Charting The History Of Freemasons In Jamaica

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A review from Jamaica’s Gleaner.

Jackie Ranston’s latest venture into Jamaican culture, Masonic Jamaica and the Cayman Islands Volume One, brings to light the individuals who transformed the island in many ways, and in the process, Ranston makes the history of the Freemasons in Jamaica fascinating for all readers.

Commissioned by Walter Scott on behalf of their association to celebrate both the 300th anniversary in England of the formation of the first Grand Lodge and the 275th anniversary of the appointment of the first Provincial Grand Master for Jamaica, Ranston was given a free hand to investigate the Freemasons, defined as members of an international order established for help and fellowship between members, which holds secret ceremonies.

The foreword says: “The District, in deciding on its major project in celebrating these two important milestones was not unmindful of the following words of Marcus Mosiah Garvey, a national hero of Jamaica: A people without the knowledge of their past history, origin and culture is like unto a tree without roots.”

The Freemasons originated as stone masons who constructed medieval cathedrals in Europe and gave the tools of their craft the symbolism of the brotherhood, to which even royalty belonged.

Brother De Cordova, one of the founders of The Gleaner, in 1874, noted the obligations laid on Masons: “All religion of a denominational character is strictly forbidden, equally with political matters, so that men of all creeds, but who shall believe in the Supreme Jehovah, and men of all shades of politics, shall be enabled to meet on the broad platform of the Craft as one … .”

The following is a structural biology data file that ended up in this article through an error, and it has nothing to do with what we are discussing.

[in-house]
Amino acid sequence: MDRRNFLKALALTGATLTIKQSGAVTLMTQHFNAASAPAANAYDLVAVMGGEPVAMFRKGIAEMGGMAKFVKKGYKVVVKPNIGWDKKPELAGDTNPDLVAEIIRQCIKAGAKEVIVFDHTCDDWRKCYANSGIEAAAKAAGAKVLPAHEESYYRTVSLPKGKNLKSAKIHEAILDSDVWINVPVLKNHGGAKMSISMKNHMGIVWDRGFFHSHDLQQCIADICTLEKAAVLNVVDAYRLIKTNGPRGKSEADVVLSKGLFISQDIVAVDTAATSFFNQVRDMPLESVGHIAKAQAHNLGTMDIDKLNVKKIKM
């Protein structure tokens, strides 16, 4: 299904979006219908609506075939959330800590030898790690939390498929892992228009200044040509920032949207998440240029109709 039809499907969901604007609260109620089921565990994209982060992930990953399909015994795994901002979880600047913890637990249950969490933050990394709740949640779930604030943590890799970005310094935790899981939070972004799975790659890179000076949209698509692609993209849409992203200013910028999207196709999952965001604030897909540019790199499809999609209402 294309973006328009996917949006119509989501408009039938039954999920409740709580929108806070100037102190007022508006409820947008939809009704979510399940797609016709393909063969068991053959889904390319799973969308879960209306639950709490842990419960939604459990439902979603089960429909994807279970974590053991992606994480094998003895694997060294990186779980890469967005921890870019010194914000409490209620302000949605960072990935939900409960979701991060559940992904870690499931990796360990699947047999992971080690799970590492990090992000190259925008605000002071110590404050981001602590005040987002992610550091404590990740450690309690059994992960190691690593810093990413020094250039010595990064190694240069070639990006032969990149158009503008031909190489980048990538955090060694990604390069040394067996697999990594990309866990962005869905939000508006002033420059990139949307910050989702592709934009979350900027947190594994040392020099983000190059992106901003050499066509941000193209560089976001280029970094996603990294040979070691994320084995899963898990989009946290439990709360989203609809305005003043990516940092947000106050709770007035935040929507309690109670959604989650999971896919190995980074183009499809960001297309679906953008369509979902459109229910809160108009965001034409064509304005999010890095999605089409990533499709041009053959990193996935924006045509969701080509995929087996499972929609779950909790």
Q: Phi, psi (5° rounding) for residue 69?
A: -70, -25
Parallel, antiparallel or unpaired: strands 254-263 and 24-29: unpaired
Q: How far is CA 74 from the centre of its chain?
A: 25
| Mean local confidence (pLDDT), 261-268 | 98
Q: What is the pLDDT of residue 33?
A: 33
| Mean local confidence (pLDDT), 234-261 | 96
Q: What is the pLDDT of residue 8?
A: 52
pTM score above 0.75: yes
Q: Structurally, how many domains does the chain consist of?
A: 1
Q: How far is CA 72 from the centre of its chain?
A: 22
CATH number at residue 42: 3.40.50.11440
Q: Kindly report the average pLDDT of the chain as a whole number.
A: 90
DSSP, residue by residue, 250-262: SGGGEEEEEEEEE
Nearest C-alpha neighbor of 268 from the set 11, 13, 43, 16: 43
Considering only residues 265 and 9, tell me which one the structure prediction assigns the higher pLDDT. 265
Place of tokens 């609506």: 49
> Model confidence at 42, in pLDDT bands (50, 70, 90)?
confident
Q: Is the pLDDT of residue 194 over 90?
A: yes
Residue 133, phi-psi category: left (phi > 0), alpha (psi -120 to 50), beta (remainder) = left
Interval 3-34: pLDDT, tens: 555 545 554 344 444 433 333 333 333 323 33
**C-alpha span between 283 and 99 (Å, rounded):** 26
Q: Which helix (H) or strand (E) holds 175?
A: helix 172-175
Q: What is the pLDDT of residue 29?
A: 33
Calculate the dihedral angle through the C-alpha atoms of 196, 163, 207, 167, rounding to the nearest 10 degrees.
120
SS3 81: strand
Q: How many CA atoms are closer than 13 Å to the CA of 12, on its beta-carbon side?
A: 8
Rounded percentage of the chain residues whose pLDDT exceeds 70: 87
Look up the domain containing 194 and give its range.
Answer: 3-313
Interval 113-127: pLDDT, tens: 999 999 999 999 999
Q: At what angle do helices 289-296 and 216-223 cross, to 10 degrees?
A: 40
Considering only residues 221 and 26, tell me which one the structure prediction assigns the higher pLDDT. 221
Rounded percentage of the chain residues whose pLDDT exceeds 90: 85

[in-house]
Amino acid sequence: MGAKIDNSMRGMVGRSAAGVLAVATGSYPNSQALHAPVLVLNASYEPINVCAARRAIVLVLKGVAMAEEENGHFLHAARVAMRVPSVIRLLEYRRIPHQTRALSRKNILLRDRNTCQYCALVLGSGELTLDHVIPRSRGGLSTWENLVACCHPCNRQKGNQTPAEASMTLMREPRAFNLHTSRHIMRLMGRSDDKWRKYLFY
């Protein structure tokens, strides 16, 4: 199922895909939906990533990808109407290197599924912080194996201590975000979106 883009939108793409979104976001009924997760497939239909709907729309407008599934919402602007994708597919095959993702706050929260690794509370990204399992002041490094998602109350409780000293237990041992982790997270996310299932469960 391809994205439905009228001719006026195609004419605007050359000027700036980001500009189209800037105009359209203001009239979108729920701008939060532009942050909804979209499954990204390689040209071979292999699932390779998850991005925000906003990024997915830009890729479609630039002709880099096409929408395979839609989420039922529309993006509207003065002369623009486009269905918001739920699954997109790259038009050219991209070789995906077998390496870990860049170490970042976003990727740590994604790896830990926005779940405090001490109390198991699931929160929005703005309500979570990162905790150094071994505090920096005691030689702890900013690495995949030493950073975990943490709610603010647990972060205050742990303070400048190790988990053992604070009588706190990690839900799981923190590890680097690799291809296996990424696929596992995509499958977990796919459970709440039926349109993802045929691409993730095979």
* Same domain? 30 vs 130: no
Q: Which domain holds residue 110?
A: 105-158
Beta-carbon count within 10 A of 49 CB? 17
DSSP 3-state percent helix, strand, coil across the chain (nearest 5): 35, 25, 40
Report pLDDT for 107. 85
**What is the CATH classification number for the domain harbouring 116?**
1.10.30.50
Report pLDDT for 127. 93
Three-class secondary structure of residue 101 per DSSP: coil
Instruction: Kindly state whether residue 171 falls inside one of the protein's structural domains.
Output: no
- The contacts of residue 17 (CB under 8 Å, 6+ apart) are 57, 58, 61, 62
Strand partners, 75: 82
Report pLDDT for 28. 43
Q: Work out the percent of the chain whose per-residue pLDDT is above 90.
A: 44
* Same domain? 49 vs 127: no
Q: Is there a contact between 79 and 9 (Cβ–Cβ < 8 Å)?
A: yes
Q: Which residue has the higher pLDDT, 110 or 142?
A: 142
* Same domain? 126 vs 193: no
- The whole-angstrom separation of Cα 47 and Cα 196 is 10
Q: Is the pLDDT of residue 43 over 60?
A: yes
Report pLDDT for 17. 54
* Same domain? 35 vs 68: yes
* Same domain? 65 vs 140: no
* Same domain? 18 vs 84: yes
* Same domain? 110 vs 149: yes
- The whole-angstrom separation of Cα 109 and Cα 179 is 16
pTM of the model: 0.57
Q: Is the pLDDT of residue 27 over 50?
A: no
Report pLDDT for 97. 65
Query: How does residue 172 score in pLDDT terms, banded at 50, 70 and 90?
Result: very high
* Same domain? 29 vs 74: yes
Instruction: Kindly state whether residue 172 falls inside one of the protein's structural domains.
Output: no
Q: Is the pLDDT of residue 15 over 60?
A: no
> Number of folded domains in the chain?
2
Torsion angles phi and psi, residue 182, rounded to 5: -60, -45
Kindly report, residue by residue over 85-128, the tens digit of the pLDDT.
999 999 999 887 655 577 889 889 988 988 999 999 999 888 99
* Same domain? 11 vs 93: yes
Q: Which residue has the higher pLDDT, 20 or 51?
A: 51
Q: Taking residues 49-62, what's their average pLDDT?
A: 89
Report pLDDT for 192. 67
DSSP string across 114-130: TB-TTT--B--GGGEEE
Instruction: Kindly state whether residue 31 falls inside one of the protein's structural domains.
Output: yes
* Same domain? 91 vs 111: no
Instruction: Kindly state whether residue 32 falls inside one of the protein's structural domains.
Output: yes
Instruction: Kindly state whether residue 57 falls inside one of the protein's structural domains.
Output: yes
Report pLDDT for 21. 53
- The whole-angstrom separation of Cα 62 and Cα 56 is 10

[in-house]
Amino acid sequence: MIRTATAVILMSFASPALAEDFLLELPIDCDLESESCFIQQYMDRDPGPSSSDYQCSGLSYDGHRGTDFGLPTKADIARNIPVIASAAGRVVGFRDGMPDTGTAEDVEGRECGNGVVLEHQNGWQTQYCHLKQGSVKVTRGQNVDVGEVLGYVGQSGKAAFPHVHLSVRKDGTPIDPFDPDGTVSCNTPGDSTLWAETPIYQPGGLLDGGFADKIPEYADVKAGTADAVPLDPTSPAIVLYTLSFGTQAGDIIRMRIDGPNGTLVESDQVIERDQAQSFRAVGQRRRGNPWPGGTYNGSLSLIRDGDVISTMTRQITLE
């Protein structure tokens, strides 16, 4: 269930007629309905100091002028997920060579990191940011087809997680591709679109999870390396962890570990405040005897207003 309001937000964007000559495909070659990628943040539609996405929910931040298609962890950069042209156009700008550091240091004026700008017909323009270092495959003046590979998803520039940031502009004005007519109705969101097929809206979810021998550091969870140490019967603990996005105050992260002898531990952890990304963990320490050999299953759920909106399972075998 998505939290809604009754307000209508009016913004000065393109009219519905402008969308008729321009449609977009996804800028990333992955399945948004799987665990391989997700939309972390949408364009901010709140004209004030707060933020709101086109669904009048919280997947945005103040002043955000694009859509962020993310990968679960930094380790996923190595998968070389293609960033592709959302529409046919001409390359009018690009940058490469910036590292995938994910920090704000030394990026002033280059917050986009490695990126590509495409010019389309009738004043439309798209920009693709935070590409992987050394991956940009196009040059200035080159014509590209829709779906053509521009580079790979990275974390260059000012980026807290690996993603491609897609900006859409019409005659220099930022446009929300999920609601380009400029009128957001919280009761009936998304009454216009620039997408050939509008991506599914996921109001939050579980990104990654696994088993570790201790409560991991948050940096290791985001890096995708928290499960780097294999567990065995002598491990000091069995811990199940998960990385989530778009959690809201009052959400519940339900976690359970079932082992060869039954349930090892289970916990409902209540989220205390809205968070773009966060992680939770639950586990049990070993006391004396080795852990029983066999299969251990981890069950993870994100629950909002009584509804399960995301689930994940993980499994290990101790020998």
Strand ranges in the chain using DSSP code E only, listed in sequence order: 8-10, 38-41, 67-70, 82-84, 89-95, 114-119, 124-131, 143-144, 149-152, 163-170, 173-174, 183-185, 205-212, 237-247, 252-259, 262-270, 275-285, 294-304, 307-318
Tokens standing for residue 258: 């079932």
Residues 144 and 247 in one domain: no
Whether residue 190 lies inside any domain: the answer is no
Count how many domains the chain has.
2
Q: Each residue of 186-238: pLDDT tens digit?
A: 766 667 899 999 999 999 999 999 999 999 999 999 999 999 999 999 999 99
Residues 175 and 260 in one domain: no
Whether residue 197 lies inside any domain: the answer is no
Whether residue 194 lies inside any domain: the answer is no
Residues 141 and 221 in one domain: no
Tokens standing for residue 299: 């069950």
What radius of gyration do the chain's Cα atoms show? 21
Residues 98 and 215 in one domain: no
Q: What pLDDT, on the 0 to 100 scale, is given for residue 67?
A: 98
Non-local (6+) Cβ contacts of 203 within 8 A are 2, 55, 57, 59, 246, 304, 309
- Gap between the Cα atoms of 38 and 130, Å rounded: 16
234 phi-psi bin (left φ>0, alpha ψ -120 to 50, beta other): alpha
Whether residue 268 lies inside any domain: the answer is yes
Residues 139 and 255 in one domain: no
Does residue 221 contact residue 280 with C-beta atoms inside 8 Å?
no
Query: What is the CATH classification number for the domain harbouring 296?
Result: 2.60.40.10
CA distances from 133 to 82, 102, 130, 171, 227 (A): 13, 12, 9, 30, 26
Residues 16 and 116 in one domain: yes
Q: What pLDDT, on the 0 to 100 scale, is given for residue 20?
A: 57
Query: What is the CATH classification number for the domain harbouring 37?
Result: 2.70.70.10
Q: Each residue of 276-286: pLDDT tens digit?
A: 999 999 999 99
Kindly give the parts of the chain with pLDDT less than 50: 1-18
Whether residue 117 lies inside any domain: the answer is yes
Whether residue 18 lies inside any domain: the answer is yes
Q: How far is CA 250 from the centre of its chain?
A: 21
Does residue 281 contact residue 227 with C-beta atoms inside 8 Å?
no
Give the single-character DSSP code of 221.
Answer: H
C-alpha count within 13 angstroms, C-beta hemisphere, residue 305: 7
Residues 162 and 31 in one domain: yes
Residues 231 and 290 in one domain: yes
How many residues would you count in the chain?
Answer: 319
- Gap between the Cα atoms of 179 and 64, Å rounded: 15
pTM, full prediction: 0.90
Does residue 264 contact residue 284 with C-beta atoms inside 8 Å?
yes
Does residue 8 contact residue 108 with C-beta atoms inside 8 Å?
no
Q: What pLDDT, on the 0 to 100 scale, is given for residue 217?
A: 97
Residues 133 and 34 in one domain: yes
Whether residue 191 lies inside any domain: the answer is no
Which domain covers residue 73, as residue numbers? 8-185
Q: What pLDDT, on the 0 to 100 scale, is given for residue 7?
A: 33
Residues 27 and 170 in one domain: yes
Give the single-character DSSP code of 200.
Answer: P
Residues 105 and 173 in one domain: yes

While the Book of Constitutions, published, 1723, stated that Masonic candidates had to be “good and true men, freeborn and of a mature and discreet age, no Bondmen, no women, no immoral or scandalous men, but of good report”. After emancipation, the words “free man” were substituted for “free born” so that from 1847, former slaves could become Freemasons.

Past District Grand Master Afeef Lazarus, versed in Masonic lore, was, fortunately, also familiar with Ranston’s success as author of Behind the Scenes at King’s House, Belisario Sketches of Character, The Lindo Legacy, They Call Me Teacher: The Life and Times of Sir Howard Cooke, and more. Given the commission, Ranston enlisted her husband, Dennis, to design the book.

The Third Degree working tools of a Master Mason, photographed from a stained-glass window in the Kingston Parish Church, creates a splendid book cover and highlights the installation of a Masonic Corner in 1891 to honour Brother Dr Robert Hamilton, without doubt the most learned and distinguished Freemason in Jamaica, whose life comprises an entire chapter.


My own education in Jamaican culture is oriented to our African heritage, but never have I gained a greater perspective on what life among the merchant and governing peoples was like than through the individual histories provided in this book. Those who might wish to leave their estates or money to black or coloured family were forced to use subterfuge when thwarted by other planters. Ranston mentions the story of a Mason’s wife shunned for allegedly sleeping with black men. The husband is granted a divorce, only to have the Privy Council overturn it with instructions that the Local Assembly must never again make such a ruling!